All patients filled out a questionnaire at entry about their characteristics (age, country of origin, country of excision) and their preoperative clitoral pain and clitoral pleasure. We assessed the patients' expectations for pain and clitoral pleasure on 5-point scales (appendix). These scales pragmatically described the patients' sensations and had already been used elsewhere16 but were not validated. For clitoral pleasure, for instance, patients could choose between: never (no sensation), minor sensation, pleasant without orgasm, restricted orgasm (orgasm with less intensity than wished), and regular orgasm (“normal” orgasm).


The surgeon (PF) did a standardised surgical procedure on all the patients.18 The key surgical principle was to restore both clitoral anatomy and clitoral function19 (figure; a full description of surgical procedure is available in the appendix). Under appropriate general anaesthesia via laryngeal mask; we first created a circular “buttonhole” skin incision over the clitoral shaft stump. The skin covering the distal stump of the clitoris was resected sharply with scissors. The suspensory ligament was gradually transected close to the bone and as deeply as needed to allow sufficient downward mobilisation of the clitoris to bring it to the glans' anatomical position. The dorsal region neurovascular bundle was preserved. A first layer of suture was used to hold the extremity of the neoclitoral shaft in place to prevent retraction. Running or interrupted monocryl sutures were carefully placed inferiorly, passing from the residual fibrous layer surrounding the tunica to the vestibular mucosa and skin. Above the clitoris, the vestibular skin was closed with interrupted polyglactin stitches passing through the subcutaneous connective tissue on both sides and the periosteum in the middle. All the dissected spaces were infiltrated with local anaesthetic (6 mL of ropivacaine 7·5 mg/mL). If necessary, the preliminary procedures done to uncover the clitoral stump consisted of defibulation and removal of pseudocysts.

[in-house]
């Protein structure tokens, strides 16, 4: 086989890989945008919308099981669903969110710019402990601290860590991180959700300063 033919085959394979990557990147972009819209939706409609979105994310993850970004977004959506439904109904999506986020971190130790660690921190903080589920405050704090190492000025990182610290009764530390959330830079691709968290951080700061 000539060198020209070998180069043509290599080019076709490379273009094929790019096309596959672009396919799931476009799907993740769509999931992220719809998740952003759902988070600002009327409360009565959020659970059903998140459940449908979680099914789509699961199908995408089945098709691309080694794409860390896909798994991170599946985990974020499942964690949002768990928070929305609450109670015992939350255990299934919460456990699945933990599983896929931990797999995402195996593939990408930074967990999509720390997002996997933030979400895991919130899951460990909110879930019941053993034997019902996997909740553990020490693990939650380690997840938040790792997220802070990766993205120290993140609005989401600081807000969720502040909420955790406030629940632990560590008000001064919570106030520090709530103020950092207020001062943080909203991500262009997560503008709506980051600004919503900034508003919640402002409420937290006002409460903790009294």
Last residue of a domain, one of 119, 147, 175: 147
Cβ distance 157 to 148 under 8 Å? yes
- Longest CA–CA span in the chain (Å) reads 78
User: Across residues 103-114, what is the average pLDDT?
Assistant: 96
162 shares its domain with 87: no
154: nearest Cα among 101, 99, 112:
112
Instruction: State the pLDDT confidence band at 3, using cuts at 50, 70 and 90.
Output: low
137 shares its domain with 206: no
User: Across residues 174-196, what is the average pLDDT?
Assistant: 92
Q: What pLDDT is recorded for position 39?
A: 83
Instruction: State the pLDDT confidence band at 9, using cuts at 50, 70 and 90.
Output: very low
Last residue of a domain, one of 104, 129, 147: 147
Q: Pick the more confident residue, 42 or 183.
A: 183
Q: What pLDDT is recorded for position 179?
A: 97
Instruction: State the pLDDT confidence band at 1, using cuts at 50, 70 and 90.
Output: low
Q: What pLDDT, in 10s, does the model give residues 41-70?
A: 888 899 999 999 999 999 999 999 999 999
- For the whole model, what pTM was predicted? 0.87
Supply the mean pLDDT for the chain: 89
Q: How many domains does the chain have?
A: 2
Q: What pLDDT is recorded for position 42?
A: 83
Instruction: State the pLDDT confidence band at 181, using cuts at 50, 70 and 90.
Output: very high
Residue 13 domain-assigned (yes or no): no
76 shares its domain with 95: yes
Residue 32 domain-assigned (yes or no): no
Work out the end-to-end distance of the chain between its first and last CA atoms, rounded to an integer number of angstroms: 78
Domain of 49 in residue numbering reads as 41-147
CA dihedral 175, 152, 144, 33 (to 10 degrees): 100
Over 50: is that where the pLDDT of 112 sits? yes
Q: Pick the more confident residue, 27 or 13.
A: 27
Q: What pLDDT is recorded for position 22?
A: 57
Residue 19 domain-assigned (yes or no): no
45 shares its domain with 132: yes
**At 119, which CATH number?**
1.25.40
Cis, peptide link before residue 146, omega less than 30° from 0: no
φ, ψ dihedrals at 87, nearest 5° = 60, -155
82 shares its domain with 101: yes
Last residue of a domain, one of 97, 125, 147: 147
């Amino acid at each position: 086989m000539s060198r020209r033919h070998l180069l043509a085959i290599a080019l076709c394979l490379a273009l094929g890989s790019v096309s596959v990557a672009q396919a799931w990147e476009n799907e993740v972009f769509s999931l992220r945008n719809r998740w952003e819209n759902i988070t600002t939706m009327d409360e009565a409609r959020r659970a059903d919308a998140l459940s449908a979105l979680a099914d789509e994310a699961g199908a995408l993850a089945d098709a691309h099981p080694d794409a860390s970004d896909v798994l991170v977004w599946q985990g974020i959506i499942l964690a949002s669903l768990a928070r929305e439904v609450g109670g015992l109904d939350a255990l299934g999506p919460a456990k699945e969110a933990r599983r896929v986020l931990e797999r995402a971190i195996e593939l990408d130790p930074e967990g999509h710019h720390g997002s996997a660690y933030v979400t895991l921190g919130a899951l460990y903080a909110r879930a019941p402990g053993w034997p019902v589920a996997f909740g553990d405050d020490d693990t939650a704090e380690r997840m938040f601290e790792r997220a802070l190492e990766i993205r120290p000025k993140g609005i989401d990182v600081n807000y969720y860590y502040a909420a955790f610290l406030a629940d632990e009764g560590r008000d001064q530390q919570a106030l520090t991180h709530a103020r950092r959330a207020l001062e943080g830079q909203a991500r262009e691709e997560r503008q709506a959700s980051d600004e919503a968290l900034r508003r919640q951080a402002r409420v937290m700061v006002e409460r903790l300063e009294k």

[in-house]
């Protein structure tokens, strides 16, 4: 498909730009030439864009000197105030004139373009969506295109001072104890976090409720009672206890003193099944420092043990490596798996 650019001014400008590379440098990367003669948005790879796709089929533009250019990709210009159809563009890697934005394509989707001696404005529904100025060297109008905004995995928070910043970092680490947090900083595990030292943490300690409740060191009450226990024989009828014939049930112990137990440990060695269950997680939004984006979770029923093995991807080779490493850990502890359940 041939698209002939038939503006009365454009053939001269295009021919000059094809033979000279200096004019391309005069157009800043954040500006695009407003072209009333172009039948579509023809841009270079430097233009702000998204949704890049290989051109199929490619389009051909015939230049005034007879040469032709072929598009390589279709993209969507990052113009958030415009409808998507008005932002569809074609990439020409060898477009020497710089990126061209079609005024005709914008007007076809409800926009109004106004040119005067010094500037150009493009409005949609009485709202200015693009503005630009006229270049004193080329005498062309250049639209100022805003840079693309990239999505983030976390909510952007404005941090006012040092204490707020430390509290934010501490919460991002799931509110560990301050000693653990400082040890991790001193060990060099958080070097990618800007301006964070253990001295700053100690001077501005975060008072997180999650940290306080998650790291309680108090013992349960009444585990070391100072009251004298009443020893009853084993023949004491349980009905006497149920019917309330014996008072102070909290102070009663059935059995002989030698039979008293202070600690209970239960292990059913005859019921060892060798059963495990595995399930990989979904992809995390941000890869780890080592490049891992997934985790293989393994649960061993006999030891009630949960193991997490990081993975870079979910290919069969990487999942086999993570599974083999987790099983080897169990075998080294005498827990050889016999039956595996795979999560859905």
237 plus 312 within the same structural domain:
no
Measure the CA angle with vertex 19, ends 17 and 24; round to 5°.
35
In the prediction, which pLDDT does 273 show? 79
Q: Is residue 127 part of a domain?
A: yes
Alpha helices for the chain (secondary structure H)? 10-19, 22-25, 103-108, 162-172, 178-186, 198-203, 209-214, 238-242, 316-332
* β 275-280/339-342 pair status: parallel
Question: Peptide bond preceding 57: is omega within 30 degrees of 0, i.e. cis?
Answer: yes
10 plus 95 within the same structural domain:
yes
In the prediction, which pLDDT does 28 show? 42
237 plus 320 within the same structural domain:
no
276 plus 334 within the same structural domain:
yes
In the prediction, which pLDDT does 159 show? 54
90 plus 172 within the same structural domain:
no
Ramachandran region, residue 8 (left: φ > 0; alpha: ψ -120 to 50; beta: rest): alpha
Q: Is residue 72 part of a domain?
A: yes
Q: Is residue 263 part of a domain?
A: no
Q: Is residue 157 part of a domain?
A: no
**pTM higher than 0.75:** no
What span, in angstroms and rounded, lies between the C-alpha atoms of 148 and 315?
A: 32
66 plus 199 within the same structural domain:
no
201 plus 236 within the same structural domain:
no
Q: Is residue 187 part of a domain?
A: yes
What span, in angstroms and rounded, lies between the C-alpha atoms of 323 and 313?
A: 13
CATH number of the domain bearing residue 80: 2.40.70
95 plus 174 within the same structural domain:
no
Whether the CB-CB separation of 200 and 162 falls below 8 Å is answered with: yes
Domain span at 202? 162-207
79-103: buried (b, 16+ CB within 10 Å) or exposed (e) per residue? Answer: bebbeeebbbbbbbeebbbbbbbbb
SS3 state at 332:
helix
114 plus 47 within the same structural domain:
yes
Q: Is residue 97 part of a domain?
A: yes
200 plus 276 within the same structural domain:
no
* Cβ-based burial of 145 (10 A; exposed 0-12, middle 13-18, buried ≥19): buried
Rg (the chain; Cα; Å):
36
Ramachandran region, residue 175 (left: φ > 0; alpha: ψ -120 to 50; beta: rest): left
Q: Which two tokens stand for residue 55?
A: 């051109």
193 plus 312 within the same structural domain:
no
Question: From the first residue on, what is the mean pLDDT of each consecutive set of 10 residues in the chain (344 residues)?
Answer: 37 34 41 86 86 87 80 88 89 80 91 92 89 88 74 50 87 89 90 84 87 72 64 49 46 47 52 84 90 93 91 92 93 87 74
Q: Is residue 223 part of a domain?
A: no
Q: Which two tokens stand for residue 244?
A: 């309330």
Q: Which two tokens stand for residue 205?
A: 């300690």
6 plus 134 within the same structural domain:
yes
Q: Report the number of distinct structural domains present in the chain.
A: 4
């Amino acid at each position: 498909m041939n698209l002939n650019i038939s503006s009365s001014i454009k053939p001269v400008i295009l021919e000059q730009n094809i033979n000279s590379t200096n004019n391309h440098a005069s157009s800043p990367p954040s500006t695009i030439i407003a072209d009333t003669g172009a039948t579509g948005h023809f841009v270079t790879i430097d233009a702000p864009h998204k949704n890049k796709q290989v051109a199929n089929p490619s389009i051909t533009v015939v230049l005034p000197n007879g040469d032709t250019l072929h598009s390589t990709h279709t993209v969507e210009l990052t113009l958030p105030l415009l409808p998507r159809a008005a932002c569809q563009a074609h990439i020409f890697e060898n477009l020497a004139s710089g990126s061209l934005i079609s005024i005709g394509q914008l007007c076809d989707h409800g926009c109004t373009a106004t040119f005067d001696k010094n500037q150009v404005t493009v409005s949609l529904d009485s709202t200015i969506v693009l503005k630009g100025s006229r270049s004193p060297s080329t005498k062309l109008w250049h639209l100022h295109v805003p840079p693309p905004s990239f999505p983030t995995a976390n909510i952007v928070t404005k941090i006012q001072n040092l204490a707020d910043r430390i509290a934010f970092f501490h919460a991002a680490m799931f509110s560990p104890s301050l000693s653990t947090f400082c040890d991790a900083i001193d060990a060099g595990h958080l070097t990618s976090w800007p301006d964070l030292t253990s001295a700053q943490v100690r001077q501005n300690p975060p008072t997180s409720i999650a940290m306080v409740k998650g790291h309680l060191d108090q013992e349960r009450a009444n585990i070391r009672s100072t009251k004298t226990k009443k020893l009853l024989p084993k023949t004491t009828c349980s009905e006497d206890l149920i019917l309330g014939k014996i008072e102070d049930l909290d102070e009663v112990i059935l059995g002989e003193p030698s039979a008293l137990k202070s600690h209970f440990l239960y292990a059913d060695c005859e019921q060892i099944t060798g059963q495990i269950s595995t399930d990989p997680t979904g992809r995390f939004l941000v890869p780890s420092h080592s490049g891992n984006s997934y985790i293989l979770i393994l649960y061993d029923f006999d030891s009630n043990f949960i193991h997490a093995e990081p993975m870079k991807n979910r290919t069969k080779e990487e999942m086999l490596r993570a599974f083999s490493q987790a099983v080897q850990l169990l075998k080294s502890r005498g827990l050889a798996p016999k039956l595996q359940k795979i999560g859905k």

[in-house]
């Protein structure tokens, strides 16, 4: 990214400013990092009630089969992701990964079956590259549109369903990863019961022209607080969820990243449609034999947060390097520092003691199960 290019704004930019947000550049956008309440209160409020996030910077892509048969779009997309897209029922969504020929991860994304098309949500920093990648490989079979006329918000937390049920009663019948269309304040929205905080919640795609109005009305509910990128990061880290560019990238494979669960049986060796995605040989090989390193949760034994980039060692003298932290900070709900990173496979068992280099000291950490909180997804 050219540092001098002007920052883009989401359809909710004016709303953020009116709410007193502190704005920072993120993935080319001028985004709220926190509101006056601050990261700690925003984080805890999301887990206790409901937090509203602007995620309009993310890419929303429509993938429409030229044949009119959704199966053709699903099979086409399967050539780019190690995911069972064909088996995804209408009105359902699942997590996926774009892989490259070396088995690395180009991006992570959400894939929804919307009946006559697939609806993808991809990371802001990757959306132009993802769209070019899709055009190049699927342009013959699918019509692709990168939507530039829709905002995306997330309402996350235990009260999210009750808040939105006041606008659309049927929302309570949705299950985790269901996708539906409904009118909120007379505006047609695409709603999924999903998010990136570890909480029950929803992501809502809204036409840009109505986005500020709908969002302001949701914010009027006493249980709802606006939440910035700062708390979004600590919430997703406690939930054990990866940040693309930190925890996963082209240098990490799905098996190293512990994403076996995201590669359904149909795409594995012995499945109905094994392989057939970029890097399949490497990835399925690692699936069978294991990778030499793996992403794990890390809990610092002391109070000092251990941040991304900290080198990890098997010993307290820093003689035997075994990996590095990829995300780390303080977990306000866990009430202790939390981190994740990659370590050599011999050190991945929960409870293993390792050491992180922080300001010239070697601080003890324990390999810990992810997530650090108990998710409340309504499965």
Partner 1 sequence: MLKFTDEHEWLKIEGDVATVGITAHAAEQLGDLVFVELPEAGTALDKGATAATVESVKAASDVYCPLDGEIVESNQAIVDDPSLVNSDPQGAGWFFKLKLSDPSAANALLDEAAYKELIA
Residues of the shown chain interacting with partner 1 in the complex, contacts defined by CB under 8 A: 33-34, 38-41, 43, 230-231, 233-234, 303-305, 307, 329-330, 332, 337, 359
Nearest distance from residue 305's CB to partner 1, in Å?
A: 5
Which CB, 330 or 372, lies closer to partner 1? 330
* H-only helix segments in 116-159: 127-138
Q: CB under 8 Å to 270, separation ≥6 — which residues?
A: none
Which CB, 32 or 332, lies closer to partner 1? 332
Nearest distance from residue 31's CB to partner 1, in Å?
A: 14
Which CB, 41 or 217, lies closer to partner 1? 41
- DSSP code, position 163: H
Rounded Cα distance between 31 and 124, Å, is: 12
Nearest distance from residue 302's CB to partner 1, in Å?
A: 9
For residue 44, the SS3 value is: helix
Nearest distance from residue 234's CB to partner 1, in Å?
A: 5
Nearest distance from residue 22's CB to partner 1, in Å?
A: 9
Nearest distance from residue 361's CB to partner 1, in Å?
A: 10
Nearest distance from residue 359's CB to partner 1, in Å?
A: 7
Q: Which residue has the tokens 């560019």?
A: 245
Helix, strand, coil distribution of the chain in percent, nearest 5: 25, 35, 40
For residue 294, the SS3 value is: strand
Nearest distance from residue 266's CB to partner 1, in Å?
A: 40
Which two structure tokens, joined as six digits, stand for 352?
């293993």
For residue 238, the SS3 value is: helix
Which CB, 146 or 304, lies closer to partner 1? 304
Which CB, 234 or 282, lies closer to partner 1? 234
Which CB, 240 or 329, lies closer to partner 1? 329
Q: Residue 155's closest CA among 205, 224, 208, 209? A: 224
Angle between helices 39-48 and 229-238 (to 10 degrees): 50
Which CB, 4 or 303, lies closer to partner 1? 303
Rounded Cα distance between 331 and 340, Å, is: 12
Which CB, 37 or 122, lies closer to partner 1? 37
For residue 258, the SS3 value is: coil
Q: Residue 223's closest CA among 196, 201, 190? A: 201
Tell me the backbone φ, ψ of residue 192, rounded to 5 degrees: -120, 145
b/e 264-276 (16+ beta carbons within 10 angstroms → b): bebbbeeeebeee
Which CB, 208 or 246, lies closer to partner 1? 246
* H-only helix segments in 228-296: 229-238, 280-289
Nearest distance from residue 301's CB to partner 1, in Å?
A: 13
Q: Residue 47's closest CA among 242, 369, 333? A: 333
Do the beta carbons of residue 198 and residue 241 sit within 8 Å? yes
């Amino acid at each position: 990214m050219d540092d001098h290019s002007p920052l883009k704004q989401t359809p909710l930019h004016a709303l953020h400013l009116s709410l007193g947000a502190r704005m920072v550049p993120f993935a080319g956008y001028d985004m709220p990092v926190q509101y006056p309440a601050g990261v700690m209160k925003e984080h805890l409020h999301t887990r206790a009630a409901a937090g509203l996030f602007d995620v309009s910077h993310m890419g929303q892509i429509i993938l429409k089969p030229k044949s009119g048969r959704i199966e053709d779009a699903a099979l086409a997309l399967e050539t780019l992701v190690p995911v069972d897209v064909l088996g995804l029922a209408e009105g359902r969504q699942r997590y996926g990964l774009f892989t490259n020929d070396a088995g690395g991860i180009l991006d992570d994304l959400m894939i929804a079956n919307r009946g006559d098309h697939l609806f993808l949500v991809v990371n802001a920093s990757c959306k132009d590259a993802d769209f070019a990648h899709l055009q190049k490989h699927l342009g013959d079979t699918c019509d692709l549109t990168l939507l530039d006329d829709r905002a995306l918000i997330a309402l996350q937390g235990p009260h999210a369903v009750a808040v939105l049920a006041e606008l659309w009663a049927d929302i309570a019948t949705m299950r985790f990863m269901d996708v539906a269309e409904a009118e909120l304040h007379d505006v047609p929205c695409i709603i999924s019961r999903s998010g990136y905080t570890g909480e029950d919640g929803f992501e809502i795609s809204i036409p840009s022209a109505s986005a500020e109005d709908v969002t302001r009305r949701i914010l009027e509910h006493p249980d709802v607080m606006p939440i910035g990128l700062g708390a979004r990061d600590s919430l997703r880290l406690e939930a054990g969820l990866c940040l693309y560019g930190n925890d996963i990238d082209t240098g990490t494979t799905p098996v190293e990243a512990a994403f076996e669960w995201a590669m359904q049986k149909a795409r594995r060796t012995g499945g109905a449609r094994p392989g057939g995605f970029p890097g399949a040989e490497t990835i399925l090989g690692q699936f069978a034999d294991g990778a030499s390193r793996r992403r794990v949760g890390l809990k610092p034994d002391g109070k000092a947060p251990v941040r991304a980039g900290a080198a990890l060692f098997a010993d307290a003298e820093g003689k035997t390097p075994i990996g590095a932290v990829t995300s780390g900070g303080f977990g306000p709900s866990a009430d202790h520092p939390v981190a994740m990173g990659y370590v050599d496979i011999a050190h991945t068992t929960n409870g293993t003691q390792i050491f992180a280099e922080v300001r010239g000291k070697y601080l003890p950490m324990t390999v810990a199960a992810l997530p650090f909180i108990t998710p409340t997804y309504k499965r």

Excision, scarring, and reconstruction of female genital mutilation

(A) Scheme representing the anatomy of a non-mutilated clitoris. Effect of further cutting of clitoral glans is represented by a red line. (B) Example of a non-mutilated clitoris. (C) Fixed clitoris after scarring: the surgery consists of freeing the clitoris from the bone adherence that immobilises it and thwarts its dynamic physiology. (D) Example of type 2 mutilation with pseudoinfibulation. (E) Scheme representing the outcome after reconstructive surgery. (F) Example of aesthetic outcome at 1 year after reconstructive surgery, with an apparent functional clitoris, and aesthetic labia minora.

Patients were discharged within 2 days of surgery. About two weeks after surgery, they were examined and asked to come back in a year's time. We informed them that postoperative pain would last for about 2 weeks and that the wound would take 2 months to heal (epithelialisation), at which point they would be able to resume sexual intercourse. At the 1-year visit, women were questioned about pain and functionality. We compared the 1-year group with the total group at inclusion to check for representativeness.